November 21, 2013

BLESSED.  Coming to Yogyakarta, Indonesia was totally unexpected. I didn't picture one day I would be walking up the stairs of the great monument when I saw in magazines. It's quiet, calming and beyond beautiful.

Ahhh!!! It's quite an emotional moment for me to see it in real!!  

Borobudur was a Mahayana Buddhist temple built in the 9th century. Then it was abandoned for a long time until being rediscovered and made famous on early 19th century. Hypothetically volcano eruptions, growth of plants and mud had covered the entire building from being completely seen. 

I saw pictures of the monument before it was properly restored. In the early 20th century, all the stones were slanted, messy, and possibly collapse at any time. 

On the reliefs there were illustrations of the law of karma, the story of the Buddha and his teachings. 

The staircase up to the top tier. The steps look steep but trust me they are not. 
It's very easy to walk up.

Perhaps because I am a Buddhist myself I felt more attracted to it. I was amazed by how people incorporated religion, art and architecture in one masterpiece. 

There were over 500 statues of the Buddha and many stupa towers. Each relief panel on the wall represents a story. Each tier of the monument symbolizes something important in my religion.

It looked very old, very worn-out by weather and solemn in real life, which gives the monument a peaceful and calming ambience. If you're interested in history and art, this is a great place for you. 

Otherwise for some people this might be just another pile of rocks. A BIG pile of rocks. Well you know what I mean.

Some of the statues have lost their heads and I don't know why.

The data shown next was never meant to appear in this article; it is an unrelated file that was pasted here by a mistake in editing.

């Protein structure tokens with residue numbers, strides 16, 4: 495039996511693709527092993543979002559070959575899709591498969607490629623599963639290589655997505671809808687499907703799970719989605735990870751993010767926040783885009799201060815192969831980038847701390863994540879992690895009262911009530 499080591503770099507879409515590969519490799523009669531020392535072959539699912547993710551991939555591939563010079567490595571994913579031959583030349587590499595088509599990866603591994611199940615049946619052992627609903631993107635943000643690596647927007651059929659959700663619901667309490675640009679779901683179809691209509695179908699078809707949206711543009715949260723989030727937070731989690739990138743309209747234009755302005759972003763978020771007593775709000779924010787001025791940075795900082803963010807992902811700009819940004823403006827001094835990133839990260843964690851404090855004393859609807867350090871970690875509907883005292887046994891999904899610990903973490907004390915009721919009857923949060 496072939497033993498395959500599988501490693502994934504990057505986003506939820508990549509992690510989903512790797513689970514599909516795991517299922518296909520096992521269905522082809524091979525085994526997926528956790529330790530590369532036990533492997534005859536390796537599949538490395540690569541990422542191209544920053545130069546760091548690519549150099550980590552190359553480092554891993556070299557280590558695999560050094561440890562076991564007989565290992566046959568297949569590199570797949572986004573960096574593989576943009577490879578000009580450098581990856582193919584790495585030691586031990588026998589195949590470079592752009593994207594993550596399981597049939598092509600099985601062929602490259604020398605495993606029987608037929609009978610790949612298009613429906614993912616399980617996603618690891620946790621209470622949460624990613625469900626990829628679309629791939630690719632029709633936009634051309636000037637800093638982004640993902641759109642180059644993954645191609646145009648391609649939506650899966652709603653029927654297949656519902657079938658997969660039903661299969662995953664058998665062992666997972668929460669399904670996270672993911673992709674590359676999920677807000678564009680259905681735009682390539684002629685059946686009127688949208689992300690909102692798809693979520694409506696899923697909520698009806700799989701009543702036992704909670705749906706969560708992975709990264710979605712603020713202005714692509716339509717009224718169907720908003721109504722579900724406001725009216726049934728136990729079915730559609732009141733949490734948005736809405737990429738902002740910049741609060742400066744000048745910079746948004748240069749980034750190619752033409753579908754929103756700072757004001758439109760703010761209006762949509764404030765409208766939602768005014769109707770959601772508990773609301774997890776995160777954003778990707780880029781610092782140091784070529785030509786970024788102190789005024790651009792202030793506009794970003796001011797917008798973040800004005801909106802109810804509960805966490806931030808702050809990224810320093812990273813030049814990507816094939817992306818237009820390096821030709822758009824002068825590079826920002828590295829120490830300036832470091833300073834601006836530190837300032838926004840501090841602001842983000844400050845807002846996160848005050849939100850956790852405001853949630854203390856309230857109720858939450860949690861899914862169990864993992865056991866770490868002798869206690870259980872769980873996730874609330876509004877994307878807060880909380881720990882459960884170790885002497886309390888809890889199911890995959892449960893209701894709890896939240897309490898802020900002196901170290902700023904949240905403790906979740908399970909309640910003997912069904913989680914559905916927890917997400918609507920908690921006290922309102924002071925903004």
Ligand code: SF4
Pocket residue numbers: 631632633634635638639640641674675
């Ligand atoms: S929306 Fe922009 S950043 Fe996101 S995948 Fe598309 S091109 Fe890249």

Probably it's due to the weather, earthquake or other natural disasters.

Inside every stupa. a Buddha statue sits quietly within.

I walked on the corridors, trying to understand the reliefs and looking at the volcanoes on the opposite. Moments like this are quite emotional, my mind will get wild. I would start imagining how the Javanese carried large stones from a river nearby, where the craftmen sat when they were carving the stones and what happened to this place over the last one thousand two hundred over years? Surely it hadn't be easy.

And who built it?

Yogyakarta is still new to tourism, there were not many foreigners in the town yet. So when I was looking at the relics, many Indonesian students came to talk to me. I was thinking, "Leave me alone. Let me just look at these wonders quietly!" But they were so friendly, in fact they were trying to complete a test called 'Happy English'.  They were brought to Borobudur to practice English language with the foreigners.

Good idea! I like that learning method! Maybe we should apply it here in Malaysia.

Some people will go there at 4am to see the sunrise. Aww I would love to but the tour isn't cheap. 

Anyway, entry into Borobudur costs:
  • US$20/Rp 190,000 for adult non-Indonesians. (as of Jun. 2013)
  • US$10/Rp 95,000 for non-Indonesian registered students (proof, e.g. ISIC, is required).
  • Rp 30,000 for Indonesian adults or foreign holders of an Indonesian work permit (as of Aug. 2012).

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